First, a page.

Proverbs 20:11 tells us, “Even a child is known by his actions, by whether his conduct is pure and right.” Do we believe this? Do we as a nation, and even more specifically as Christians, believe God’s word that even a child is known by their actions? One would hope so, but our decisions do not seem to indicate so.
If a person continually claims to care for the poor we might think that they actually do, but if we see them dropping off canned food items or clothing at the local homeless shelter each week we know that they do. If a person claims to love their spouse, we may well believe them, but if we see them daily taking the time to put their spouse’s needs above their own, we know that they do. If we hear a person say over and again how much they love their country, we could think they are just showing bravado, but if we see them give year after year in dangerous service defending their country for little pay, we know they must. If we hear time and again how colorblind a person is, we may be suspect of their motives, but if we see them continuously reward and advance people based solely upon merit and benefit to the organization, we do not doubt that is true. And if we hear a person talk again and again about how much they love God, we may rightly doubt their truthfulness, but if we see them again and again love their neighbor as themselves, we have a pretty good idea they must.
So, why do we not use our observations as wisely when the outcomes are negative? Perhaps, because they are a bit too personal, but that is no excuse. If a person claims to care about life and the weakest and most vulnerable of our citizens, but yet votes time after time for politicians who support murdering babies, how can we possibly believe them? If a person claims to have respect for and esteem the institution of marriage, but continually votes for persons who promote homosexual or transgender unions and actions, or themselves commits adultery again and again, why would we give any credit to their words? If a person claims to view people only based upon their merit and abilities, yet constantly votes for people who base their support and actions on the gender or skin-color of a person, why would we believe them? If a person claims that they have contempt for theft, yet they repeatedly vote for people who pass laws stealing from one man to give to another, why do we hesitate in saying they support thievery? And if we hear a person talk again and again about how much they love God and Jesus Christ, however they repeatedly vote for people who support and pass laws in direct contradiction to His commandments, why in the world do we acknowledge them as Christian?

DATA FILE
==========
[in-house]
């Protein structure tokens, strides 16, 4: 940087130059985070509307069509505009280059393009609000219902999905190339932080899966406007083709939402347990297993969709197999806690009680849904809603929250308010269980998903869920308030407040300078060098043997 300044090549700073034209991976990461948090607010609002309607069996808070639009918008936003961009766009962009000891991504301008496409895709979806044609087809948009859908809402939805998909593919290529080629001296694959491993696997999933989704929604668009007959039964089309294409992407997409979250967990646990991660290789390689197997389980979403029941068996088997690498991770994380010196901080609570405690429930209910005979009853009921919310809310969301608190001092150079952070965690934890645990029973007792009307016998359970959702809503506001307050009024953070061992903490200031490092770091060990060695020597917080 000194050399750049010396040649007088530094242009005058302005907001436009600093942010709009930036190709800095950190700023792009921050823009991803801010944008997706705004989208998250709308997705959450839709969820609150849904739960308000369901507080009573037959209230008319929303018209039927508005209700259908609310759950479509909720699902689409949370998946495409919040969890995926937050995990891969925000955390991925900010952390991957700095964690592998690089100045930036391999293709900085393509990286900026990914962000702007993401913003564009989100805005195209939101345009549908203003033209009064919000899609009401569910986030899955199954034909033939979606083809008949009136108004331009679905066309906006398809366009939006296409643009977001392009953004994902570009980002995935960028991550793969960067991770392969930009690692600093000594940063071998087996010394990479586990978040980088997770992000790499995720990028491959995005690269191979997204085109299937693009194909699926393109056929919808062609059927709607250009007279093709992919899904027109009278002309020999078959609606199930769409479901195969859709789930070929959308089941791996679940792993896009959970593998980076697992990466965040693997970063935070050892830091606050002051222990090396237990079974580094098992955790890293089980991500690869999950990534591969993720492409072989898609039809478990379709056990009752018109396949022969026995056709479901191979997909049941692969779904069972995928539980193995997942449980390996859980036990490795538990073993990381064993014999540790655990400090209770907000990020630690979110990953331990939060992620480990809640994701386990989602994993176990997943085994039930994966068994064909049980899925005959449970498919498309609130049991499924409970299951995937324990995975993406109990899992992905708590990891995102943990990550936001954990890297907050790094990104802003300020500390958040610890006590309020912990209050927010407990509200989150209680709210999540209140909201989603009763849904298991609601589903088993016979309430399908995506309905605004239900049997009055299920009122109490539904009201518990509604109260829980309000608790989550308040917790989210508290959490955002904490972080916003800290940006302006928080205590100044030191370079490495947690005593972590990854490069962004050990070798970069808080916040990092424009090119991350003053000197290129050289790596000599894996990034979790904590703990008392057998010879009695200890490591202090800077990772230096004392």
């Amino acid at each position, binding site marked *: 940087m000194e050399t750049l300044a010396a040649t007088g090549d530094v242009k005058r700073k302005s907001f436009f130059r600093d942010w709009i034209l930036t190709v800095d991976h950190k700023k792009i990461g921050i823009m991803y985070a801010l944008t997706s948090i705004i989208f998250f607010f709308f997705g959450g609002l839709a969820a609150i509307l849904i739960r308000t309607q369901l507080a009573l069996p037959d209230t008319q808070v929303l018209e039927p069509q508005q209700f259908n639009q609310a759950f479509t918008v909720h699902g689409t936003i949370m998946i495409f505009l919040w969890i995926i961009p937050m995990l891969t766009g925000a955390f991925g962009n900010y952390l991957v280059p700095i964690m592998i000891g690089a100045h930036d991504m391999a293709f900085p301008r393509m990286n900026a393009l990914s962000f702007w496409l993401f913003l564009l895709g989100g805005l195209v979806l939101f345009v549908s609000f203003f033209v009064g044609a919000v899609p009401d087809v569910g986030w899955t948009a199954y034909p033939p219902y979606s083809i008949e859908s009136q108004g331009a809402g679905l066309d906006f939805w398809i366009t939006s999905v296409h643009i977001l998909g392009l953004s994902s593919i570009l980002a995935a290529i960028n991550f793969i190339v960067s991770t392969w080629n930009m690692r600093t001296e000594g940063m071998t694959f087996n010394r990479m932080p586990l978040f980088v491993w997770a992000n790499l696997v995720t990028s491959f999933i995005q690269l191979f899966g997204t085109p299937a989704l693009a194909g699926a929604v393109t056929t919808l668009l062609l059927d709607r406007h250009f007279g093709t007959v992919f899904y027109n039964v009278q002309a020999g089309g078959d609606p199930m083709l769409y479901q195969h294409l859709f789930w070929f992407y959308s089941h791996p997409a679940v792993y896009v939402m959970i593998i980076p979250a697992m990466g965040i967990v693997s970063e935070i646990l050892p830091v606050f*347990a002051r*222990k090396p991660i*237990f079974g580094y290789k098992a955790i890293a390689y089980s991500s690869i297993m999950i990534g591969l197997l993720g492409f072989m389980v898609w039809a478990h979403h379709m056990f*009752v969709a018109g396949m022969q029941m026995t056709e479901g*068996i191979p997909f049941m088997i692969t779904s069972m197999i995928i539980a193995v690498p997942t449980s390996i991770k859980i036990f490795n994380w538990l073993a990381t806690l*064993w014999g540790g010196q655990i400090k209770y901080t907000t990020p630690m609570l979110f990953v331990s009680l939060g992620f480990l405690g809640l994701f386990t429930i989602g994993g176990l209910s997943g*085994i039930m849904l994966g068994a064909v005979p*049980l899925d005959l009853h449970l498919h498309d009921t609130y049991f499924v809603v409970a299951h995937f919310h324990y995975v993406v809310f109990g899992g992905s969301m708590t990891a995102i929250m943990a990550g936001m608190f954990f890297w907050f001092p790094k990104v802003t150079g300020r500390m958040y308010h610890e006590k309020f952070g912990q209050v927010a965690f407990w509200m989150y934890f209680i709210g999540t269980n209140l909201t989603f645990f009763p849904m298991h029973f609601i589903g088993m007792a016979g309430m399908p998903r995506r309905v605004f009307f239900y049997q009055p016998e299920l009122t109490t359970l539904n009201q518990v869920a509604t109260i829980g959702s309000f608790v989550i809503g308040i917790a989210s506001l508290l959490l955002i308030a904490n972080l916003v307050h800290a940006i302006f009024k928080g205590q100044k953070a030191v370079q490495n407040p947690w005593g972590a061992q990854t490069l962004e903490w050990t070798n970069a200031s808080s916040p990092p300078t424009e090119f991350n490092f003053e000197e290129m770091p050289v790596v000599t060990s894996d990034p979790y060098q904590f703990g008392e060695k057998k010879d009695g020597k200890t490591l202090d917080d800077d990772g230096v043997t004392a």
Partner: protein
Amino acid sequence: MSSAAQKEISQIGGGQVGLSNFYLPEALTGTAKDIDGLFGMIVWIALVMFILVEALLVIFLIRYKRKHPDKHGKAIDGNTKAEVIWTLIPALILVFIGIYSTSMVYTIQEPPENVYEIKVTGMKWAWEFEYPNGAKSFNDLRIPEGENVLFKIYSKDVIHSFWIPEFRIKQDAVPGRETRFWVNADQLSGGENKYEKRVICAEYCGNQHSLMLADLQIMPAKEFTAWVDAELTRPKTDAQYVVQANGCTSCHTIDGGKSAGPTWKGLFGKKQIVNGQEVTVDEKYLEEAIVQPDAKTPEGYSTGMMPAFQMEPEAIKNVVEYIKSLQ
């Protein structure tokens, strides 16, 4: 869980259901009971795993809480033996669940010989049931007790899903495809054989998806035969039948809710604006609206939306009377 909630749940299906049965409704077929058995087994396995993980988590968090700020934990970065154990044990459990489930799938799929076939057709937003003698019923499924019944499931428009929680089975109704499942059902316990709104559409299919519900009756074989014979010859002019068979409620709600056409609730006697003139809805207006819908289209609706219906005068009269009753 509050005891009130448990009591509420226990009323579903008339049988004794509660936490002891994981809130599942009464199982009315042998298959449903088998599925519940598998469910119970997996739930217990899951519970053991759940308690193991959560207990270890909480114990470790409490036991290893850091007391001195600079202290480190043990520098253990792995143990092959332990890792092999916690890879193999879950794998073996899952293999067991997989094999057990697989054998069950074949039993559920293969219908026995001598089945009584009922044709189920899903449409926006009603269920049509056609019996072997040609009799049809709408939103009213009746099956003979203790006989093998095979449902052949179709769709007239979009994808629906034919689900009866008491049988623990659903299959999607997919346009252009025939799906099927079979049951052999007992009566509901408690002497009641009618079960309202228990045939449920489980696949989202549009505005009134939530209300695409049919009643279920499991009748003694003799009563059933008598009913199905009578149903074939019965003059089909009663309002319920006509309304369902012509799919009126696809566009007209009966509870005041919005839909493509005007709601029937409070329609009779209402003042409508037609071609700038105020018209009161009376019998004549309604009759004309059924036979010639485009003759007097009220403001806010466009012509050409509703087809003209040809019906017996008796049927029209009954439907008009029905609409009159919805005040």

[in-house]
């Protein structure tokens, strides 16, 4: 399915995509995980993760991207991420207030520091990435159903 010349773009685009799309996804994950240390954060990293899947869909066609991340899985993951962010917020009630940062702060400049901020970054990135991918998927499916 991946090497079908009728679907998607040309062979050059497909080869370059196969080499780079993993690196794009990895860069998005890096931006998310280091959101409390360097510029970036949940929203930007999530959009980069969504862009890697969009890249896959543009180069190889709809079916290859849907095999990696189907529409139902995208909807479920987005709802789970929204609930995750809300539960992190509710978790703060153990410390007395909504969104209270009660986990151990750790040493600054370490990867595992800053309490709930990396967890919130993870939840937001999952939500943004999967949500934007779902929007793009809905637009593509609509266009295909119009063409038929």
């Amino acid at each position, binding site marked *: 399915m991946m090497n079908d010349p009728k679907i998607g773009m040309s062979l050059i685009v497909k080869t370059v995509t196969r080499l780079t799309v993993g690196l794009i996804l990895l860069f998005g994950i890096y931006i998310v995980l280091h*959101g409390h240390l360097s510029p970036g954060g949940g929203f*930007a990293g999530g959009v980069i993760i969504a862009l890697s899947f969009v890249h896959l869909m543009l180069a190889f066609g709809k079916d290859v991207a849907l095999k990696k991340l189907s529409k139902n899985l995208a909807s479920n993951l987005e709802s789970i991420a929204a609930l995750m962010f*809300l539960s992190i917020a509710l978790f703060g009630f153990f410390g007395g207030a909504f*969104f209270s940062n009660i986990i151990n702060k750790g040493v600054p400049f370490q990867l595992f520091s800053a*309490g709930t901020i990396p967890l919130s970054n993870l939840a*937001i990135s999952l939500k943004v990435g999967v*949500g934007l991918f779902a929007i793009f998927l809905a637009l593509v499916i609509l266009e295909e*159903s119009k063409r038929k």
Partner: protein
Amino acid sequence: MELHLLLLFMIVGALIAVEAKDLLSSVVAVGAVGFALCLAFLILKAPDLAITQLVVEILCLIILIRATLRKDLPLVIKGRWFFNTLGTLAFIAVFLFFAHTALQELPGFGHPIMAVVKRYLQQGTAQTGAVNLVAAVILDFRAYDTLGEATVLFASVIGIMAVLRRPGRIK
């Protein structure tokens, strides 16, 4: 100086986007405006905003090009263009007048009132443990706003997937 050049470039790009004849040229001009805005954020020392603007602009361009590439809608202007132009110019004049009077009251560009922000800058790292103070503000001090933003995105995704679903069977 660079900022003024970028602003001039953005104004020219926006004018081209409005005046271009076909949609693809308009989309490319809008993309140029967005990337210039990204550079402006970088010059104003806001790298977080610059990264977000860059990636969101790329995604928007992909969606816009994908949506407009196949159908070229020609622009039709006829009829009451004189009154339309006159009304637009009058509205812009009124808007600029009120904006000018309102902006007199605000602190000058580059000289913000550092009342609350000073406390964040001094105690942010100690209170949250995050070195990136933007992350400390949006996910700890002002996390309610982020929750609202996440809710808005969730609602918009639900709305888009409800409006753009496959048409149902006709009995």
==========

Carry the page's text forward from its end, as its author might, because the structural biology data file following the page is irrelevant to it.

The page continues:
We often see what we want to, or we choose to ignore that which we do not want to admit. This does not fit in very well to the America ethos and particularly the Christian calling of being “the salt of the earth.” We cannot be the “light of the world” if we are unwilling to acknowledge and call out immorality when it is shoved in front of our face. Yes, we are told not to judge others lest we ourselves be judged. There is, however, a significant distinction between singling out one individual to point at and judge, versus identifying and fighting against the national sanctioning of immoral actions. One of the teachings I gleaned from the Marines was “praise in public and censor in private.” This is perhaps not exactly the same, but in essence it applies. We do not need to chase down every individual we know doing something immoral and wag our fingers at them. Perhaps we need to say something to them in private. We certainly need to acknowledge and fight back against immorality on a national scale, however. Sometimes that fight may even come to more than words as it did for our founders based not upon our own selfish desires, but for the need to obey God’s command to “defend the rights of the poor and needy.” For there can be little doubt that killing babies, stealing money, promoting sexual deviancy, even inviting criminals in, and preventing the acknowledgement of God’s grace and mercy on our country are everything but beneficial for the poor and needy.
The problem here folks, is not the politicians who support these immoral actions. The problem is the people who vote for those politicians. And even more than that, the problem is those of us who watch and see and say and do nothing. We leave the door open wide to a dark and sad future for our families, children, and grandchildren. For as President Jefferson once said, “… can the liberties of a nation be thought secure when we have removed their only firm basis, a conviction in the minds of the people that these liberties are of the gift of God? That they are not to be violated but with his wrath? Indeed I tremble for my country when I reflect that God is just: that his justice cannot sleep for ever: that considering numbers, nature and natural means only, a revolution of the wheel of fortune, an exchange of situation, is among possible events: that it may become probable by supernatural interference!” We cannot expect God’s blessings, grace, and mercy to continue on a national scale while we practice murder, theft, lust, greed, and selfishness in our voting lives; these represent and support lawlessness. As Paul noted there is no law against “love, joy, peace, forbearance, kindness, goodness, faithfulness, gentleness and self-control.” We must however have God and Jesus Christ at the center of our beloved country and we must fight against those who would destroy her through lawlessness.
-JT Cope IV